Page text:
The Bugatti Chiron is the luxury manufacturer's next 'hypercar', and throughout the next few years, 500 of them will be built.
The successor of the mind-boggling Veyron is even more powerful, with the 8.0-litre quad-turbocharged W16 engine fitted to the Chiron producing 1,479bhp – 300bhp more than the most powerful Veyron, the Super Sport – which means a theoretical top speed of 288mph.
At the company's Atelier plant in Molsheim, Alsace, 20 employees assemble the £1.9million model in the 1,000 sq ft factory space, which accommodates all areas of production from chassis construction to trim fitting and painting.
Currently, the first 12 customer Chirons are being built, with Bugatti aiming to build 70 by the end of 2017.
Before the nine-month building process even begins, configuration of the driver must be confirmed and each Chiron is built to the customer's preference, with 23 top coat colours and 39 interior trim options just the start of the customisation. However, the more unusual the customer's preference, the longer their Chiron will take to be built.
When the customer's order slot is organised, more than 1,800 individual parts are ordered and shipped to the Atelier so that the Chiron can be assembled.
The process doesn't take place on conveyor belts, with the building of the vehicle performed on 12 separate stations. Only one electronic tool is used in chassis assembly, the EC nutrunner system, which gives the technicians the torque values of each bolt to ensure the chassis is in the right condition for any performance.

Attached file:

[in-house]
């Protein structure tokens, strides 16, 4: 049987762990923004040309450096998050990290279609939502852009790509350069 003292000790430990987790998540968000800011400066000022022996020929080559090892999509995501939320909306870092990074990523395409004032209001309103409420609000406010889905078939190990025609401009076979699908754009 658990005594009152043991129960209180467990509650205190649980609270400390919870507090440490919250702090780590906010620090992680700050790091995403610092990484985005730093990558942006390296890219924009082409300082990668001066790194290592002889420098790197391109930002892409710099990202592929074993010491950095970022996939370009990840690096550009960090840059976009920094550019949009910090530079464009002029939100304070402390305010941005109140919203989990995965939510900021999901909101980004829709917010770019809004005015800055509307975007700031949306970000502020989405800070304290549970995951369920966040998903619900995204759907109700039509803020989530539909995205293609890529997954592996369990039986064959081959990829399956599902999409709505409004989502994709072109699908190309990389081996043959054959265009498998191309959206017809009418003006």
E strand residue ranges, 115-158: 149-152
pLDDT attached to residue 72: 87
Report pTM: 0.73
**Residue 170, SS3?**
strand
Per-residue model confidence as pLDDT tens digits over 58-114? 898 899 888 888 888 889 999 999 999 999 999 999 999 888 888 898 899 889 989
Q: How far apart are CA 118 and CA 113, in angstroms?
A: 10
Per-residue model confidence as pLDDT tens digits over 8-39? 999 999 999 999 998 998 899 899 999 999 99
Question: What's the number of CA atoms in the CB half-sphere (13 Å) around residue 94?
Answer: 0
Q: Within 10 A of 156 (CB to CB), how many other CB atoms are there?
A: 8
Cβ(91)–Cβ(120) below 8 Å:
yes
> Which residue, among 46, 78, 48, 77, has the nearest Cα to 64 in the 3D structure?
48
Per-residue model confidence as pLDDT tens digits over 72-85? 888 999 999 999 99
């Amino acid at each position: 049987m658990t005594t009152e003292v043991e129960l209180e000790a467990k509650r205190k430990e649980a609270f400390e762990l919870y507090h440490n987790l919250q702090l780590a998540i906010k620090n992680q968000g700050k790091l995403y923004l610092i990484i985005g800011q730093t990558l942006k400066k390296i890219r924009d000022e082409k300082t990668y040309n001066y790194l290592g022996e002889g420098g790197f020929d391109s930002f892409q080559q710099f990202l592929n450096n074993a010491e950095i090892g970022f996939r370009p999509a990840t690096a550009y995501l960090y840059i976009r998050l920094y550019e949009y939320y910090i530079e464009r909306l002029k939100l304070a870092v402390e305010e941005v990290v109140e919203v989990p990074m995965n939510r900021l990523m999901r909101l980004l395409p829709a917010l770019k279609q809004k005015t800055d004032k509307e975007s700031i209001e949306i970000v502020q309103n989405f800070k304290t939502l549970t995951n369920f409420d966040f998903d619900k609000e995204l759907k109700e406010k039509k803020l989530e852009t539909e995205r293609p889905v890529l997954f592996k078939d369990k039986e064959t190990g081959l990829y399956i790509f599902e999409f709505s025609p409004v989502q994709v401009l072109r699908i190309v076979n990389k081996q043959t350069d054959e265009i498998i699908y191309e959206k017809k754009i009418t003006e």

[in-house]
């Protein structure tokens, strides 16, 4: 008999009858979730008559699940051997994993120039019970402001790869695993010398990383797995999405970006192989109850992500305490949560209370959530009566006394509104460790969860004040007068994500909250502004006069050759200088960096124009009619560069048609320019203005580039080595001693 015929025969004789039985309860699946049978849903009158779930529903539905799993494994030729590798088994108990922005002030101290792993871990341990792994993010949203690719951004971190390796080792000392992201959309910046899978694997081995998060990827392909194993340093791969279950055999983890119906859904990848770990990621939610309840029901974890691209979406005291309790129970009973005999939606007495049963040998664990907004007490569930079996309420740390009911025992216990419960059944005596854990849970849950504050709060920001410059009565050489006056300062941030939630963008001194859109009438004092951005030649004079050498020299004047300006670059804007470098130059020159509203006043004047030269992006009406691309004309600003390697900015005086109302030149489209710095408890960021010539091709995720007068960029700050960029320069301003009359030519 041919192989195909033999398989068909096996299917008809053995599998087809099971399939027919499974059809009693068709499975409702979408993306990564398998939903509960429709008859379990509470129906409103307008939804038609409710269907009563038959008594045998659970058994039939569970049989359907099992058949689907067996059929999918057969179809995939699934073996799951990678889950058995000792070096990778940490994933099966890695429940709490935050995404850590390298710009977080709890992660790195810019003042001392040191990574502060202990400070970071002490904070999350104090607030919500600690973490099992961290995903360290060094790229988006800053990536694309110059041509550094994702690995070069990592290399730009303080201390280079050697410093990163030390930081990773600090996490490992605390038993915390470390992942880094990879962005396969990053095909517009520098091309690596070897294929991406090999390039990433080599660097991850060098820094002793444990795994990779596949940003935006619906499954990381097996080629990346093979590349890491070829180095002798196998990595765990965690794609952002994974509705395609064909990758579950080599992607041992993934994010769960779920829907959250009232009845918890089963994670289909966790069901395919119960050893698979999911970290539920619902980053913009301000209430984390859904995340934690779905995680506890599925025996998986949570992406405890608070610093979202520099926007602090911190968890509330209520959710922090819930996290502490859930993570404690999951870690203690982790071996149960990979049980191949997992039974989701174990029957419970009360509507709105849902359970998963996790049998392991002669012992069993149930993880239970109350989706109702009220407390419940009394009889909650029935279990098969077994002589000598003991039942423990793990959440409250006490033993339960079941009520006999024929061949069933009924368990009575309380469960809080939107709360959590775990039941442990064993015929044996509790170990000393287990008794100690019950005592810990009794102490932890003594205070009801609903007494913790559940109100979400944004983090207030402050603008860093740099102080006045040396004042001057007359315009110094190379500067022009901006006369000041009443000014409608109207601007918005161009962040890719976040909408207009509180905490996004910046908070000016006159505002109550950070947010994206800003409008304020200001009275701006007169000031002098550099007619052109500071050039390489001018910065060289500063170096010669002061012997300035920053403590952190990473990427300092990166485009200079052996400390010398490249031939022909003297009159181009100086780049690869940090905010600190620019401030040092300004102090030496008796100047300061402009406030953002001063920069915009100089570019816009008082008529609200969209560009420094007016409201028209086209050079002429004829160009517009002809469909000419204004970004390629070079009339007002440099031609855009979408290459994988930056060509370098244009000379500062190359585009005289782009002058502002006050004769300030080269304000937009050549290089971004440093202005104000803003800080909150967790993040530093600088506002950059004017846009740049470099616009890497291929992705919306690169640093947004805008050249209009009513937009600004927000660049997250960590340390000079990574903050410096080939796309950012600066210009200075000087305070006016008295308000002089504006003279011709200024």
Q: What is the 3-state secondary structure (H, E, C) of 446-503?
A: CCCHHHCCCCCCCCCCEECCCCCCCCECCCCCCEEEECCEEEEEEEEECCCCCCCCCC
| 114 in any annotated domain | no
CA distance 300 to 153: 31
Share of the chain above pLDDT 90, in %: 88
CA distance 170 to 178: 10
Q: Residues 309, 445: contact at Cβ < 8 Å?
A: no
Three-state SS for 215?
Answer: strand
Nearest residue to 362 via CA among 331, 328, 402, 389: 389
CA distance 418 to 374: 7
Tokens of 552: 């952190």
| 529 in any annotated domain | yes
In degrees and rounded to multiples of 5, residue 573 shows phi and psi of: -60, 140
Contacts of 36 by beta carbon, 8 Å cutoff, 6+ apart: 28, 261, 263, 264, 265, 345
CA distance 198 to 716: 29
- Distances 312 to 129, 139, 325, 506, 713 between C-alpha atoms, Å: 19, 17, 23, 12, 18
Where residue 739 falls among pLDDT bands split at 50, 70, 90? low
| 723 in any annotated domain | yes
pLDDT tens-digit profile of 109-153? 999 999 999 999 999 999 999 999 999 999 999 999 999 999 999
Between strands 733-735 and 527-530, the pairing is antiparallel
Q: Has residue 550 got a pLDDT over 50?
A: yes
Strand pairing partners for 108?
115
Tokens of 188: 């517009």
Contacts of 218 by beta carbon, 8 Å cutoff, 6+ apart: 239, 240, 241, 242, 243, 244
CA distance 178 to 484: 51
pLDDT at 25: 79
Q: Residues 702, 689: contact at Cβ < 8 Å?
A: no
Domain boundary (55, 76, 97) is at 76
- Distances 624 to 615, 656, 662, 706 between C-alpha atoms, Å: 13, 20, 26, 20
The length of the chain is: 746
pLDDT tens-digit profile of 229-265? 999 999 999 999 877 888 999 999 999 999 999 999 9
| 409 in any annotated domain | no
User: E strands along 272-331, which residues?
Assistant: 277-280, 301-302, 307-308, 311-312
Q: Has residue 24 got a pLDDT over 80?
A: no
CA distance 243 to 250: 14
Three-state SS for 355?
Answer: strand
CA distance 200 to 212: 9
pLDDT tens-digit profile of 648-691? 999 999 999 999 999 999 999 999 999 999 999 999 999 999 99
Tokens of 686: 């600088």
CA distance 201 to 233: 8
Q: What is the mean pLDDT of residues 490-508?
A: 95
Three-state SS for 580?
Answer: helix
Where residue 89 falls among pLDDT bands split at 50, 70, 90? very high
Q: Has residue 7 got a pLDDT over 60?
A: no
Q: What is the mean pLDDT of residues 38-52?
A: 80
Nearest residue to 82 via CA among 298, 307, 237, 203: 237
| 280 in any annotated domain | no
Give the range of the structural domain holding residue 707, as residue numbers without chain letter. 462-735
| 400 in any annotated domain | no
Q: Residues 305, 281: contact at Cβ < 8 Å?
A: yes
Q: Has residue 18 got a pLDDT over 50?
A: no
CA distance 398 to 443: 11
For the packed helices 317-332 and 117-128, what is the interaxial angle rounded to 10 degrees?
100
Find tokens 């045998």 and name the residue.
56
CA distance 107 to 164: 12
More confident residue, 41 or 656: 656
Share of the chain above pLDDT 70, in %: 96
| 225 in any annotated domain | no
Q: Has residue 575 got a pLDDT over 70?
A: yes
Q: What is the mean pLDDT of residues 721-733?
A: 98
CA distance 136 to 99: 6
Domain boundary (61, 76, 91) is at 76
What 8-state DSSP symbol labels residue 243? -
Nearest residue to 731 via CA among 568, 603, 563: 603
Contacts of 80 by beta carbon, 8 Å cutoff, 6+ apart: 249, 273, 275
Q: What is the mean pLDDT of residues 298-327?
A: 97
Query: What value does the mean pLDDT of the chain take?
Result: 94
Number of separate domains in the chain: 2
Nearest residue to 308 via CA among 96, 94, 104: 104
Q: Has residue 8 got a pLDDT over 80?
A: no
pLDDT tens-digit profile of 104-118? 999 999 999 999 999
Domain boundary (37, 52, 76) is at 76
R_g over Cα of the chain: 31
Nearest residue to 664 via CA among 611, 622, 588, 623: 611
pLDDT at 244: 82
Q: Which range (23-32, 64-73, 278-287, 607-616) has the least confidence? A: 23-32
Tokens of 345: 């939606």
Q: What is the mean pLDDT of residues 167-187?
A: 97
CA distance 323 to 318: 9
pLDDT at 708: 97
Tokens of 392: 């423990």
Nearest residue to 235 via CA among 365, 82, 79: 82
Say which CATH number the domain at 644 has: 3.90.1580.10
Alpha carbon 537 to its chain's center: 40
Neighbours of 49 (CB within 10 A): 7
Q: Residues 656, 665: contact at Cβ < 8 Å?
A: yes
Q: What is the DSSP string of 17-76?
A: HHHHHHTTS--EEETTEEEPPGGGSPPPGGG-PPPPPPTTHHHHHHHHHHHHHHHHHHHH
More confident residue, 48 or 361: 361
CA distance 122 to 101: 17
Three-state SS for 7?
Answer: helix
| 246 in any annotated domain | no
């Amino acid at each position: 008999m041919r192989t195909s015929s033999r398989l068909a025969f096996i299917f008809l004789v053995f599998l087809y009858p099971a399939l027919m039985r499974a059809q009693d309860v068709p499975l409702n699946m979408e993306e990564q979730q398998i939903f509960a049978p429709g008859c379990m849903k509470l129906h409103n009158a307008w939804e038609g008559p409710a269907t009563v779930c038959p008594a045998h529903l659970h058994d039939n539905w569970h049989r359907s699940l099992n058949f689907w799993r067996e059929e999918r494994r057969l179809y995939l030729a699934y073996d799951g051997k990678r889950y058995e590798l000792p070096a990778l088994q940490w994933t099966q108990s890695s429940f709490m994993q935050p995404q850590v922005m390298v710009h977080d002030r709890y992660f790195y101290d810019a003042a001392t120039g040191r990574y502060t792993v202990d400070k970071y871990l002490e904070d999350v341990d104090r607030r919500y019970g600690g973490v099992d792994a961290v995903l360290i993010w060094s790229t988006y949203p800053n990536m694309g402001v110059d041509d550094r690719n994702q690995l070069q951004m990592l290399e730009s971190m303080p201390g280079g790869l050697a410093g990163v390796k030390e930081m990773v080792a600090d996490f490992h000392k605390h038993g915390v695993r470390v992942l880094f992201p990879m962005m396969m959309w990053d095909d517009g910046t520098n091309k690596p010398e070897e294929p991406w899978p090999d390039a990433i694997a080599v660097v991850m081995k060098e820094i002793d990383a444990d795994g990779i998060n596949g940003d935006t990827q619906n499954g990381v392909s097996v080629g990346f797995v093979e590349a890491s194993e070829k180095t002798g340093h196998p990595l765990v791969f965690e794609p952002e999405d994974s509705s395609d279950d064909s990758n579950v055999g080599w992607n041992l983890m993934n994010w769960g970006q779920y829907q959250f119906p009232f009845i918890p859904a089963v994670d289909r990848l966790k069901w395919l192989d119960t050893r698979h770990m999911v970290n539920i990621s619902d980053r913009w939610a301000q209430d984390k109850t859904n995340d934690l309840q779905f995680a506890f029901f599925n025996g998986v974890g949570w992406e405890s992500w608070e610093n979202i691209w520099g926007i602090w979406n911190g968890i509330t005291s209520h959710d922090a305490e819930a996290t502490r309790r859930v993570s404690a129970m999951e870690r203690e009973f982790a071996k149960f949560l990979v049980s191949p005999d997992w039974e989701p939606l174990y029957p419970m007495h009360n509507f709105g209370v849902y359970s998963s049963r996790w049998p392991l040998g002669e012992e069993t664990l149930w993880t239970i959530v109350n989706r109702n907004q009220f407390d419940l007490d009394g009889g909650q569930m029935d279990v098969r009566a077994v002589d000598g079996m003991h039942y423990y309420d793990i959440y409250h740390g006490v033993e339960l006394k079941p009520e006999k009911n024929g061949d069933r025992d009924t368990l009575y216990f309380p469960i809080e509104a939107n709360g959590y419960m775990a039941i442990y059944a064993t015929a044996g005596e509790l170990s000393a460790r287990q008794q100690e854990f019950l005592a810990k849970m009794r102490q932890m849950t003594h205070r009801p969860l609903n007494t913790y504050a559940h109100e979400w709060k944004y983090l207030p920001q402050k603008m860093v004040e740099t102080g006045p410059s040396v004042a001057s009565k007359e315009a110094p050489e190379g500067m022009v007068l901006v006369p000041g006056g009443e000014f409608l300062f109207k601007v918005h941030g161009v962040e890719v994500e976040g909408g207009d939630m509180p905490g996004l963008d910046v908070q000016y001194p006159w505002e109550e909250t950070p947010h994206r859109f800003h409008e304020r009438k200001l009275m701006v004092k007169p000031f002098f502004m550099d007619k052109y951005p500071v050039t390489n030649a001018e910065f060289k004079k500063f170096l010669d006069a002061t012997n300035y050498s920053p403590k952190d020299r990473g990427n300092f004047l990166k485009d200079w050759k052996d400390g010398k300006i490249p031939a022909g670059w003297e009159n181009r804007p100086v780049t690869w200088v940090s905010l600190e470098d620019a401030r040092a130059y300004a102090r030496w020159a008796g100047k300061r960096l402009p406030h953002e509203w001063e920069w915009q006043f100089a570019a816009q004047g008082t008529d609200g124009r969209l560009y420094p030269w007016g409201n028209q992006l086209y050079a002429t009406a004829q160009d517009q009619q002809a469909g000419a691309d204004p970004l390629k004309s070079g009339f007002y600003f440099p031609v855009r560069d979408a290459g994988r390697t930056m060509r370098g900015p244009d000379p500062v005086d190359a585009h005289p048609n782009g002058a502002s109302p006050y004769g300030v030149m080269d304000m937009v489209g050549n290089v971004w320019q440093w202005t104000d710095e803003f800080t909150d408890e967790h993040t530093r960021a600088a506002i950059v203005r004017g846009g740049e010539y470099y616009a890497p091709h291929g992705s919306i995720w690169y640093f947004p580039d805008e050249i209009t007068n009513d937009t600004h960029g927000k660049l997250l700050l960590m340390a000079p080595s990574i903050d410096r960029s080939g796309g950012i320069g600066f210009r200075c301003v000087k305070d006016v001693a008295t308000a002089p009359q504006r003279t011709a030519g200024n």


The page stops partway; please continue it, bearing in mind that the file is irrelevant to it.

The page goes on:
When the powertrain assembly, inner workings and body work are fitted, the Chiron is tested on the world's most powerful dynamometer to ensure its extremely powerful and torquey engine runs smoothly.
If the Chiron passes all the technical checks in the factory, it is taken on a 300km test run through the Vosges mountains, the Colmar airport for a high-speed run and a 'relaxed' drive back along the German Autobahn.
Following another drive with the final underbody and wheels fitted, the Chiron gets its multiple layers of paint applied to ensure the smoothest finish and the customer is able to then pick it up.
Bugatti's head of production and logistics, Christophe Piochon, said: "We are building a super sports car. That is quite clear. But it is the way we do it, hand-crafting an individual product for each customer in this very special atmosphere, that makes us unique. This is 'Haute Couture de l'Automobile'."
Written by Jack Healy